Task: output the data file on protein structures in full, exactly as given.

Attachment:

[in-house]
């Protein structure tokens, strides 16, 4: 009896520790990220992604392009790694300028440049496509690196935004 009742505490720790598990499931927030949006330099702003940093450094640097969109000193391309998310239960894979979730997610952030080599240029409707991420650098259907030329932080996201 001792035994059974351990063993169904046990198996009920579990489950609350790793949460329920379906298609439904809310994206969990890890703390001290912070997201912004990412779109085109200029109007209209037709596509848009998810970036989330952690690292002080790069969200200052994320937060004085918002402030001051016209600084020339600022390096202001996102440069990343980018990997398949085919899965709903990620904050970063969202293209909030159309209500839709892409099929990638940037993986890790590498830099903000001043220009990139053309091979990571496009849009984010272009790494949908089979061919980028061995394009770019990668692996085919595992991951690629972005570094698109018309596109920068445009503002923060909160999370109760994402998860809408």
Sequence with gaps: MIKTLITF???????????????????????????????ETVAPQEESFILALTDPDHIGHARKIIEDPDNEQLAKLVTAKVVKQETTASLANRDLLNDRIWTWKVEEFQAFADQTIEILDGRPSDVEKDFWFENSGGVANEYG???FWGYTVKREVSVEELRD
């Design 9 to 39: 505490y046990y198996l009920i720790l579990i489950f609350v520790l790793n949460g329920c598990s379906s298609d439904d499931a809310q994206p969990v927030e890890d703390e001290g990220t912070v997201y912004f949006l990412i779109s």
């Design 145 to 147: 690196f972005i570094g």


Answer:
[in-house]
């Protein structure tokens, strides 16, 4: 009896520790990220992604392009790694300028440049496509690196935004 009742505490720790598990499931927030949006330099702003940093450094640097969109000193391309998310239960894979979730997610952030080599240029409707991420650098259907030329932080996201 001792035994059974351990063993169904046990198996009920579990489950609350790793949460329920379906298609439904809310994206969990890890703390001290912070997201912004990412779109085109200029109007209209037709596509848009998810970036989330952690690292002080790069969200200052994320937060004085918002402030001051016209600084020339600022390096202001996102440069990343980018990997398949085919899965709903990620904050970063969202293209909030159309209500839709892409099929990638940037993986890790590498830099903000001043220009990139053309091979990571496009849009984010272009790494949908089979061919980028061995394009770019990668692996085919595992991951690629972005570094698109018309596109920068445009503002923060909160999370109760994402998860809408």
Sequence with gaps: MIKTLITF???????????????????????????????ETVAPQEESFILALTDPDHIGHARKIIEDPDNEQLAKLVTAKVVKQETTASLANRDLLNDRIWTWKVEEFQAFADQTIEILDGRPSDVEKDFWFENSGGVANEYG???FWGYTVKREVSVEELRD
């Design 9 to 39: 505490y046990y198996l009920i720790l579990i489950f609350v520790l790793n949460g329920c598990s379906s298609d439904d499931a809310q994206p969990v927030e890890d703390e001290g990220t912070v997201y912004f949006l990412i779109s």
């Design 145 to 147: 690196f972005i570094g």